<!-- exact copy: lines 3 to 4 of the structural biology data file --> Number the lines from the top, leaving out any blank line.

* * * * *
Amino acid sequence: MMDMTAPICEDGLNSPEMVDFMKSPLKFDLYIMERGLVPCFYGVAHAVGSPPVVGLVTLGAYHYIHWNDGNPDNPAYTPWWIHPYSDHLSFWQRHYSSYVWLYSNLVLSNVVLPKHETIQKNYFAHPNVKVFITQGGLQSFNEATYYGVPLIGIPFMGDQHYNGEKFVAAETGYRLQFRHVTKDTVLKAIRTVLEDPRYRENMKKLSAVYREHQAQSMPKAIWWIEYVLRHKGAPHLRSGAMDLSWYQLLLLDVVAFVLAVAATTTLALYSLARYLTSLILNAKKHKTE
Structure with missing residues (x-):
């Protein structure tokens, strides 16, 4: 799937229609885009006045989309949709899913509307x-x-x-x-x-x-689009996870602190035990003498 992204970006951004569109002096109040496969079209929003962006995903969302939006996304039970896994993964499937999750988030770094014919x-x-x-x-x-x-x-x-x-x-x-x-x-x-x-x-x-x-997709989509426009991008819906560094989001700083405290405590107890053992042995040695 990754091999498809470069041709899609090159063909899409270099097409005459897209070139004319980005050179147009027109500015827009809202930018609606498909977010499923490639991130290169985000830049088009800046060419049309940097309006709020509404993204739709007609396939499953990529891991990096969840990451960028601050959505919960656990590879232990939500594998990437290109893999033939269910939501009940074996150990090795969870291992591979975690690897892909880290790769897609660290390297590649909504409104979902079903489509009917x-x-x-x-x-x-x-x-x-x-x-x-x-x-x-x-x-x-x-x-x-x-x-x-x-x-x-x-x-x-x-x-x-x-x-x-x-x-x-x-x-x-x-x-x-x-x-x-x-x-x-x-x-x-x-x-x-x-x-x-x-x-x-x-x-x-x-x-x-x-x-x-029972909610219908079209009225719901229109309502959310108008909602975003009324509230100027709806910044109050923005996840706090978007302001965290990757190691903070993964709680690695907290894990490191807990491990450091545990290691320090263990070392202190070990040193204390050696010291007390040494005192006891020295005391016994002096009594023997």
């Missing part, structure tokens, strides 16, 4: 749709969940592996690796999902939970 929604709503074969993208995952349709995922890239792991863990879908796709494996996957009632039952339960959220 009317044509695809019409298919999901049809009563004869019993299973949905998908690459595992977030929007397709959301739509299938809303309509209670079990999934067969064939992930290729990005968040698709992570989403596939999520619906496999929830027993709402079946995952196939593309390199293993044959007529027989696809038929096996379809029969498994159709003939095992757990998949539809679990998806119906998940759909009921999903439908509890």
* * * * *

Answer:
């Protein structure tokens, strides 16, 4: 799937229609885009006045989309949709899913509307x-x-x-x-x-x-689009996870602190035990003498 992204970006951004569109002096109040496969079209929003962006995903969302939006996304039970896994993964499937999750988030770094014919x-x-x-x-x-x-x-x-x-x-x-x-x-x-x-x-x-x-997709989509426009991008819906560094989001700083405290405590107890053992042995040695 990754091999498809470069041709899609090159063909899409270099097409005459897209070139004319980005050179147009027109500015827009809202930018609606498909977010499923490639991130290169985000830049088009800046060419049309940097309006709020509404993204739709007609396939499953990529891991990096969840990451960028601050959505919960656990590879232990939500594998990437290109893999033939269910939501009940074996150990090795969870291992591979975690690897892909880290790769897609660290390297590649909504409104979902079903489509009917x-x-x-x-x-x-x-x-x-x-x-x-x-x-x-x-x-x-x-x-x-x-x-x-x-x-x-x-x-x-x-x-x-x-x-x-x-x-x-x-x-x-x-x-x-x-x-x-x-x-x-x-x-x-x-x-x-x-x-x-x-x-x-x-x-x-x-x-x-x-x-x-029972909610219908079209009225719901229109309502959310108008909602975003009324509230100027709806910044109050923005996840706090978007302001965290990757190691903070993964709680690695907290894990490191807990491990450091545990290691320090263990070392202190070990040193204390050696010291007390040494005192006891020295005391016994002096009594023997």
């Missing part, structure tokens, strides 16, 4: 749709969940592996690796999902939970 929604709503074969993208995952349709995922890239792991863990879908796709494996996957009632039952339960959220 009317044509695809019409298919999901049809009563004869019993299973949905998908690459595992977030929007397709959301739509299938809303309509209670079990999934067969064939992930290729990005968040698709992570989403596939999520619906496999929830027993709402079946995952196939593309390199293993044959007529027989696809038929096996379809029969498994159709003939095992757990998949539809679990998806119906998940759909009921999903439908509890």